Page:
In order to oust a prima facie duty of care once the first two Cooper elements have been established, the residual policy considerations must be more than speculative. They must be compelling; a real potential for negative consequences of imposing the duty of care must be apparent. There are three significant policy considerations in this case.

  1. Indeterminate Liability

The Court of Appeal held that indeterminate liability was not a policy consideration on which this claim should founder. The claim is limited to the unique circumstances of the PPP and the class members. This serves to limit considerably the extent of the City's liability and confines it to a very restricted class.

2. Undesirability of inhibiting the policy-making functions of public authorities

The City is a "mere notifier" in respect of property tax reductions and associated rent reductions, like other municipalities, and it had no policy-making function in providing notice to landlords and tenants. Accordingly, this policy consideration does not weigh in favour of denying liability.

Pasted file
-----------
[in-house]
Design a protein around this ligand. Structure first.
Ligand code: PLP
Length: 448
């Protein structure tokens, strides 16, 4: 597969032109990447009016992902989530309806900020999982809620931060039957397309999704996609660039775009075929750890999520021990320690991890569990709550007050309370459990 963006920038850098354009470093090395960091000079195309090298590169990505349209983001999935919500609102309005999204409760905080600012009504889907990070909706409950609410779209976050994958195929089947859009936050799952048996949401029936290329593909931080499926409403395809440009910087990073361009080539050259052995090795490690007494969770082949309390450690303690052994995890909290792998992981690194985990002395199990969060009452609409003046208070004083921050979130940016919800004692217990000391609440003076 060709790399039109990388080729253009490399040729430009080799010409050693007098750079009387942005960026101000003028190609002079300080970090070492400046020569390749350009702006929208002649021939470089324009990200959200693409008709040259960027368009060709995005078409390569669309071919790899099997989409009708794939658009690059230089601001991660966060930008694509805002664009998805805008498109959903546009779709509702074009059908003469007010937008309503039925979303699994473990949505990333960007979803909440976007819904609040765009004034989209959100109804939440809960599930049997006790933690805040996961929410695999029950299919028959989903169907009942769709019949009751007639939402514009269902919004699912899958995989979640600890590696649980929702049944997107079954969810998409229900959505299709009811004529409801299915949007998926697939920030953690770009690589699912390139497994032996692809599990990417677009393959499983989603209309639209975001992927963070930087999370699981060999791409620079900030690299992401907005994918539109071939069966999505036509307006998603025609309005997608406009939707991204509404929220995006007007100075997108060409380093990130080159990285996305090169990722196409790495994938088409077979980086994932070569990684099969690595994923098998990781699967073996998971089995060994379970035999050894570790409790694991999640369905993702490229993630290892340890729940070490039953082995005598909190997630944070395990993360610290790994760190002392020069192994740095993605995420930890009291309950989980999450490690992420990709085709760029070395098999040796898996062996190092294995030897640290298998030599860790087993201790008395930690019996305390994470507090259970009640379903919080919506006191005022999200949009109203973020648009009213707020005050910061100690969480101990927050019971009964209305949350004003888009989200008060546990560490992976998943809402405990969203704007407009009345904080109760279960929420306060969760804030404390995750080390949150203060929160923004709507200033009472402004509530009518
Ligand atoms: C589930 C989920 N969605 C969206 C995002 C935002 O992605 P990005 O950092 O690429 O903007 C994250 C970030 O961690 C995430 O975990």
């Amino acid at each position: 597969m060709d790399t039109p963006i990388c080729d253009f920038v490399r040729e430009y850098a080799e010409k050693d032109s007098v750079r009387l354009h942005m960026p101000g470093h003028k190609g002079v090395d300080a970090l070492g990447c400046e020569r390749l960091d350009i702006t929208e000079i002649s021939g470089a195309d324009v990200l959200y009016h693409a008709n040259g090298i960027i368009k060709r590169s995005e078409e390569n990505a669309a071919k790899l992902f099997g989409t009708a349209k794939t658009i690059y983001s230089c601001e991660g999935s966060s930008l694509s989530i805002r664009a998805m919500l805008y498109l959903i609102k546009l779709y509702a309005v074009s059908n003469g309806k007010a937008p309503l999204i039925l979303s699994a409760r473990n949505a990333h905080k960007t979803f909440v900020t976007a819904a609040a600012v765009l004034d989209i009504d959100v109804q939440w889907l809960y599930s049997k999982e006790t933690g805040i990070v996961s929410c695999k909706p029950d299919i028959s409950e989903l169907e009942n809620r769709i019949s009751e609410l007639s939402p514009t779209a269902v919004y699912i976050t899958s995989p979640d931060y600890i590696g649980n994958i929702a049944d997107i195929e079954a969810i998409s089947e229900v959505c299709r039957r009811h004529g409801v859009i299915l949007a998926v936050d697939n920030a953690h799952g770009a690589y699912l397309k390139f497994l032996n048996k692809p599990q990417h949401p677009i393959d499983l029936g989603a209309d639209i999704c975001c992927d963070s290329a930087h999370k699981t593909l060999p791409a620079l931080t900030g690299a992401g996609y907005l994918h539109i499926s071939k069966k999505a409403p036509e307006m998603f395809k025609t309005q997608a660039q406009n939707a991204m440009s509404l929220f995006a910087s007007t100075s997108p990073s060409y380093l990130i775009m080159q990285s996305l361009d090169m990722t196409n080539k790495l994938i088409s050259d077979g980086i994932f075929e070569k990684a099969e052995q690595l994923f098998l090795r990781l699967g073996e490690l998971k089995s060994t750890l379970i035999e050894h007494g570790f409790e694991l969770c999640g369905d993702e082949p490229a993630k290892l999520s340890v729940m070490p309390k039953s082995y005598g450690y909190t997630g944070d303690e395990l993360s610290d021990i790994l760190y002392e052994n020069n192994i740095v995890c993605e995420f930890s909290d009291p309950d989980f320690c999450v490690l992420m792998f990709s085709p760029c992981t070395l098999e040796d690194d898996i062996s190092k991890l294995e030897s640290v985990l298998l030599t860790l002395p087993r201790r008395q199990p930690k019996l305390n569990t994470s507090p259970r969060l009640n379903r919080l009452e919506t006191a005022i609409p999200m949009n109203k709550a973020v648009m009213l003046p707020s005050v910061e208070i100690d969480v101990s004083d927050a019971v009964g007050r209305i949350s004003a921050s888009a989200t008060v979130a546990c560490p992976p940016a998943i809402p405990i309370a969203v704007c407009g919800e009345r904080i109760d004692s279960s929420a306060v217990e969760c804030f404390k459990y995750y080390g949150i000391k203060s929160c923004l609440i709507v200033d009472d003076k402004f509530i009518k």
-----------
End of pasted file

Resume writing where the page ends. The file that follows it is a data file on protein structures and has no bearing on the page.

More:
3. Imposition of liability for negligence triggering a conflict with the City's public duty

There is no basis on which the City's obligation to provide notice to landlords and tenants could conflict with any of its public duties, since the City had no policy-making function in providing the required notice to landlords and tenants. The imposition of a duty of care would complement the statutory duty, not conflict with it. This policy consideration supports the imposition of liability on the City.

  1. The overarching standard of care is that of a reasonable person in similar circumstances. In this case the standard is that of a reasonably competent local municipality. The City correctly pointed out that failure to comply with a statute is not itself proof of negligence. This does not preclude a court from treating the statutory requirement as relevant to the standard of care. The motion judge therefore made no error in finding that the City's failure to send the notices, without excuse, fell below the standard of care. Here, the City had a clear statutory obligation under the RTA and precursor legislation to send notices to certain tenants. The statute and regulations specify the content and timing of the notices. Meeting those specifications is what the standard of care required. The information notices the City sent to affected tenants failed to satisfy the statutory standard.

Balev v Baggott, 2016 ONCA 680

[Laskin, Sharpe and Miller JJ.A.]